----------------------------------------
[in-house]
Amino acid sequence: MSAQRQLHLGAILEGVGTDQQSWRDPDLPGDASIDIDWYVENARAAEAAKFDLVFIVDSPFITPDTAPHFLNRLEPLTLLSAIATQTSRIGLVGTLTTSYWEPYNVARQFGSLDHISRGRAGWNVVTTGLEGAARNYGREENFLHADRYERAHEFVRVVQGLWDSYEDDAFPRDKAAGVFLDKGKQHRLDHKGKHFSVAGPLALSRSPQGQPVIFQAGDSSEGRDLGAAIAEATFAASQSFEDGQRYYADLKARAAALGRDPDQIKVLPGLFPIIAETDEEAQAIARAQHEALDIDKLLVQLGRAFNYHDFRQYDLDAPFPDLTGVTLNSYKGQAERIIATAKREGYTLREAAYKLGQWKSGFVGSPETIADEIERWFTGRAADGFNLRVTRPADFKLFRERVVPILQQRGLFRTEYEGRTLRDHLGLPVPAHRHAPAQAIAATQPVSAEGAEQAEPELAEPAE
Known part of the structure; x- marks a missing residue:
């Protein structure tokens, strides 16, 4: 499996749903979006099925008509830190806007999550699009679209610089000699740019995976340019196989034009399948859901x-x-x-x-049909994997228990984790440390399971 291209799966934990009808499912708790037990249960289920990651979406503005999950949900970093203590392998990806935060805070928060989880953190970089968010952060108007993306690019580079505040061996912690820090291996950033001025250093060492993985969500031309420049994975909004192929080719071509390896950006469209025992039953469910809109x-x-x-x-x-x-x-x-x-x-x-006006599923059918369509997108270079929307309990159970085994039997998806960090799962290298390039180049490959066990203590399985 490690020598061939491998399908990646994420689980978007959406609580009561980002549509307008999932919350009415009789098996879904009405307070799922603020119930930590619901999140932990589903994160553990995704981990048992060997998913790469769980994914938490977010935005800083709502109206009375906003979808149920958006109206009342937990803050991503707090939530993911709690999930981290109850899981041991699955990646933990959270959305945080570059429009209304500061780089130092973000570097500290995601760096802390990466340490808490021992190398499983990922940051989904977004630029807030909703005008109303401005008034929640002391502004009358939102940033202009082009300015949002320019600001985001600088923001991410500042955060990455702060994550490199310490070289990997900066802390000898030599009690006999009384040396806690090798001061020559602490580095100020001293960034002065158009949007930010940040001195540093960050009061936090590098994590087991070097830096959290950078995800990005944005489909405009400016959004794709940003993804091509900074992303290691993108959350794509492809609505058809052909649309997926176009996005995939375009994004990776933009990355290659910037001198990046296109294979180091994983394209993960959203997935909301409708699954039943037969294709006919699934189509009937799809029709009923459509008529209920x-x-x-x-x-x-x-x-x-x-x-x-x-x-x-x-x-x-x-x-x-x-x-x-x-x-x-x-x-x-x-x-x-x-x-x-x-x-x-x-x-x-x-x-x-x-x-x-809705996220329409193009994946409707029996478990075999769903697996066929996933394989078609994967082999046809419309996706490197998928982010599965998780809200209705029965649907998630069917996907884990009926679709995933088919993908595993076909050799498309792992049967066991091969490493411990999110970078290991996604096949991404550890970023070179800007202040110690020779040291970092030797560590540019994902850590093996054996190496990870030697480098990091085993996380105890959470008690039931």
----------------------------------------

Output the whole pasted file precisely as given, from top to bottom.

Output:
[in-house]
Amino acid sequence: MSAQRQLHLGAILEGVGTDQQSWRDPDLPGDASIDIDWYVENARAAEAAKFDLVFIVDSPFITPDTAPHFLNRLEPLTLLSAIATQTSRIGLVGTLTTSYWEPYNVARQFGSLDHISRGRAGWNVVTTGLEGAARNYGREENFLHADRYERAHEFVRVVQGLWDSYEDDAFPRDKAAGVFLDKGKQHRLDHKGKHFSVAGPLALSRSPQGQPVIFQAGDSSEGRDLGAAIAEATFAASQSFEDGQRYYADLKARAAALGRDPDQIKVLPGLFPIIAETDEEAQAIARAQHEALDIDKLLVQLGRAFNYHDFRQYDLDAPFPDLTGVTLNSYKGQAERIIATAKREGYTLREAAYKLGQWKSGFVGSPETIADEIERWFTGRAADGFNLRVTRPADFKLFRERVVPILQQRGLFRTEYEGRTLRDHLGLPVPAHRHAPAQAIAATQPVSAEGAEQAEPELAEPAE
Known part of the structure; x- marks a missing residue:
């Protein structure tokens, strides 16, 4: 499996749903979006099925008509830190806007999550699009679209610089000699740019995976340019196989034009399948859901x-x-x-x-049909994997228990984790440390399971 291209799966934990009808499912708790037990249960289920990651979406503005999950949900970093203590392998990806935060805070928060989880953190970089968010952060108007993306690019580079505040061996912690820090291996950033001025250093060492993985969500031309420049994975909004192929080719071509390896950006469209025992039953469910809109x-x-x-x-x-x-x-x-x-x-x-006006599923059918369509997108270079929307309990159970085994039997998806960090799962290298390039180049490959066990203590399985 490690020598061939491998399908990646994420689980978007959406609580009561980002549509307008999932919350009415009789098996879904009405307070799922603020119930930590619901999140932990589903994160553990995704981990048992060997998913790469769980994914938490977010935005800083709502109206009375906003979808149920958006109206009342937990803050991503707090939530993911709690999930981290109850899981041991699955990646933990959270959305945080570059429009209304500061780089130092973000570097500290995601760096802390990466340490808490021992190398499983990922940051989904977004630029807030909703005008109303401005008034929640002391502004009358939102940033202009082009300015949002320019600001985001600088923001991410500042955060990455702060994550490199310490070289990997900066802390000898030599009690006999009384040396806690090798001061020559602490580095100020001293960034002065158009949007930010940040001195540093960050009061936090590098994590087991070097830096959290950078995800990005944005489909405009400016959004794709940003993804091509900074992303290691993108959350794509492809609505058809052909649309997926176009996005995939375009994004990776933009990355290659910037001198990046296109294979180091994983394209993960959203997935909301409708699954039943037969294709006919699934189509009937799809029709009923459509008529209920x-x-x-x-x-x-x-x-x-x-x-x-x-x-x-x-x-x-x-x-x-x-x-x-x-x-x-x-x-x-x-x-x-x-x-x-x-x-x-x-x-x-x-x-x-x-x-x-809705996220329409193009994946409707029996478990075999769903697996066929996933394989078609994967082999046809419309996706490197998928982010599965998780809200209705029965649907998630069917996907884990009926679709995933088919993908595993076909050799498309792992049967066991091969490493411990999110970078290991996604096949991404550890970023070179800007202040110690020779040291970092030797560590540019994902850590093996054996190496990870030697480098990091085993996380105890959470008690039931």